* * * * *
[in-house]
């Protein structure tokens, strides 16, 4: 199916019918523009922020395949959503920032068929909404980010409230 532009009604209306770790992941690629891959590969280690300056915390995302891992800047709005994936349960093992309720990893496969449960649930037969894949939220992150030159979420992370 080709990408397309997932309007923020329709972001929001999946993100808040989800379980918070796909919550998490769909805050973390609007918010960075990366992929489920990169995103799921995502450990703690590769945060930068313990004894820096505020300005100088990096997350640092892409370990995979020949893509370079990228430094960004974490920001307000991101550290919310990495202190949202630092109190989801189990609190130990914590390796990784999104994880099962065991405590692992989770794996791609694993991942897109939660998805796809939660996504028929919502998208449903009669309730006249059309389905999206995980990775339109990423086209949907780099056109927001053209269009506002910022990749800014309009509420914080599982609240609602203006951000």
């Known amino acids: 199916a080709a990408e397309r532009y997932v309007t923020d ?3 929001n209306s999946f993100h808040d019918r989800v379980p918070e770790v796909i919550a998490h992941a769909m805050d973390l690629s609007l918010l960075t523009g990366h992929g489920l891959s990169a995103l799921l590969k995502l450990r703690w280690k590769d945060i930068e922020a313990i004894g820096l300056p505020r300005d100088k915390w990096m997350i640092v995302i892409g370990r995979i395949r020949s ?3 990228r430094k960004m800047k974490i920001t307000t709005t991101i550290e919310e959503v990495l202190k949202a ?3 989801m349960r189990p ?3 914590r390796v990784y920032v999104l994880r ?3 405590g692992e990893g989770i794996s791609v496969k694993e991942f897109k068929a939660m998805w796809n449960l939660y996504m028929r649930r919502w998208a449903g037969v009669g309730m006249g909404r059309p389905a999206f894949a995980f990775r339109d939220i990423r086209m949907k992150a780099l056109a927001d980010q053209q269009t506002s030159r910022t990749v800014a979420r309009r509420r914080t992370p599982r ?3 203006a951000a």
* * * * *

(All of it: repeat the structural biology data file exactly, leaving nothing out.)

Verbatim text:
[in-house]
């Protein structure tokens, strides 16, 4: 199916019918523009922020395949959503920032068929909404980010409230 532009009604209306770790992941690629891959590969280690300056915390995302891992800047709005994936349960093992309720990893496969449960649930037969894949939220992150030159979420992370 080709990408397309997932309007923020329709972001929001999946993100808040989800379980918070796909919550998490769909805050973390609007918010960075990366992929489920990169995103799921995502450990703690590769945060930068313990004894820096505020300005100088990096997350640092892409370990995979020949893509370079990228430094960004974490920001307000991101550290919310990495202190949202630092109190989801189990609190130990914590390796990784999104994880099962065991405590692992989770794996791609694993991942897109939660998805796809939660996504028929919502998208449903009669309730006249059309389905999206995980990775339109990423086209949907780099056109927001053209269009506002910022990749800014309009509420914080599982609240609602203006951000």
């Known amino acids: 199916a080709a990408e397309r532009y997932v309007t923020d ?3 929001n209306s999946f993100h808040d019918r989800v379980p918070e770790v796909i919550a998490h992941a769909m805050d973390l690629s609007l918010l960075t523009g990366h992929g489920l891959s990169a995103l799921l590969k995502l450990r703690w280690k590769d945060i930068e922020a313990i004894g820096l300056p505020r300005d100088k915390w990096m997350i640092v995302i892409g370990r995979i395949r020949s ?3 990228r430094k960004m800047k974490i920001t307000t709005t991101i550290e919310e959503v990495l202190k949202a ?3 989801m349960r189990p ?3 914590r390796v990784y920032v999104l994880r ?3 405590g692992e990893g989770i794996s791609v496969k694993e991942f897109k068929a939660m998805w796809n449960l939660y996504m028929r649930r919502w998208a449903g037969v009669g309730m006249g909404r059309p389905a999206f894949a995980f990775r339109d939220i990423r086209m949907k992150a780099l056109a927001d980010q053209q269009t506002s030159r910022t990749v800014a979420r309009r509420r914080t992370p599982r ?3 203006a951000a």